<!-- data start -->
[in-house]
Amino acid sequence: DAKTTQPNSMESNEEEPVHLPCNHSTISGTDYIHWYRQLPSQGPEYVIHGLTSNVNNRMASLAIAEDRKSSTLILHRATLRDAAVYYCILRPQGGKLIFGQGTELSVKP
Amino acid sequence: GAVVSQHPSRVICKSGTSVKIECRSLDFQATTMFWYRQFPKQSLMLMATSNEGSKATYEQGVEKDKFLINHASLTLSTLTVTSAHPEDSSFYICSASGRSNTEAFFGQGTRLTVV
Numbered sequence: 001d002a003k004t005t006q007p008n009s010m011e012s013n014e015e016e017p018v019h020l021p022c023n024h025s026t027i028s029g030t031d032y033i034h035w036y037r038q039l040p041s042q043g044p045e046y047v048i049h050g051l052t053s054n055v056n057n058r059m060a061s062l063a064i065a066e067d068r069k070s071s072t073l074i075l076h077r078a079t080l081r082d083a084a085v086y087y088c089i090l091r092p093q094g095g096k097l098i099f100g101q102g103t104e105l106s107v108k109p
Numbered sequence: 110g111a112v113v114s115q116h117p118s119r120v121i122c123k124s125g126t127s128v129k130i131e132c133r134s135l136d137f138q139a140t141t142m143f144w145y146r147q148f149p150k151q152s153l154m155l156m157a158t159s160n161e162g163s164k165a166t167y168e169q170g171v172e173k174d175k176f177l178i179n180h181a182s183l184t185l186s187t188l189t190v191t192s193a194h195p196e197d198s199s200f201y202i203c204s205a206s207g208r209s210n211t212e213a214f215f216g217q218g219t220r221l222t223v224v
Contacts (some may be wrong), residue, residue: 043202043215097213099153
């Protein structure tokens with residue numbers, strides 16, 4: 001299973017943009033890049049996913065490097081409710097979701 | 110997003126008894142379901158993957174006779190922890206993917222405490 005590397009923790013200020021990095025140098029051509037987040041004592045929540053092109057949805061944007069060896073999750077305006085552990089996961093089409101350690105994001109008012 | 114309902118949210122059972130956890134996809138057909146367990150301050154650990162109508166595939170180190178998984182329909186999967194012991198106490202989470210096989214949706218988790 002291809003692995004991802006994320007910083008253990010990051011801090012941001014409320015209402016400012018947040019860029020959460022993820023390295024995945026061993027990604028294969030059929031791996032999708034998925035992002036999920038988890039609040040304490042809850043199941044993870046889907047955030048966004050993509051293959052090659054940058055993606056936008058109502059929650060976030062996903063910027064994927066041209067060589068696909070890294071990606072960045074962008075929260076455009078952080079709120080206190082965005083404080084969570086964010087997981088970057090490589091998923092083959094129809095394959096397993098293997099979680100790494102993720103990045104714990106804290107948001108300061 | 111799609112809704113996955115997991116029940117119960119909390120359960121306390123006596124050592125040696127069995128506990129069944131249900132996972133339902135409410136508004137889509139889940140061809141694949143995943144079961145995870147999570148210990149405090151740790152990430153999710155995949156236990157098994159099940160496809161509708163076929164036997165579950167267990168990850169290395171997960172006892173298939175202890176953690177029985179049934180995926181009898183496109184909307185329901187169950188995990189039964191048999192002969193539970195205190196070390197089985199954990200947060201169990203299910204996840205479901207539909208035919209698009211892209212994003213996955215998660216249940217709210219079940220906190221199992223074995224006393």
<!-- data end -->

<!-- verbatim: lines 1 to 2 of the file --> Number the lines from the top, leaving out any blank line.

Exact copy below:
[in-house]
Amino acid sequence: DAKTTQPNSMESNEEEPVHLPCNHSTISGTDYIHWYRQLPSQGPEYVIHGLTSNVNNRMASLAIAEDRKSSTLILHRATLRDAAVYYCILRPQGGKLIFGQGTELSVKP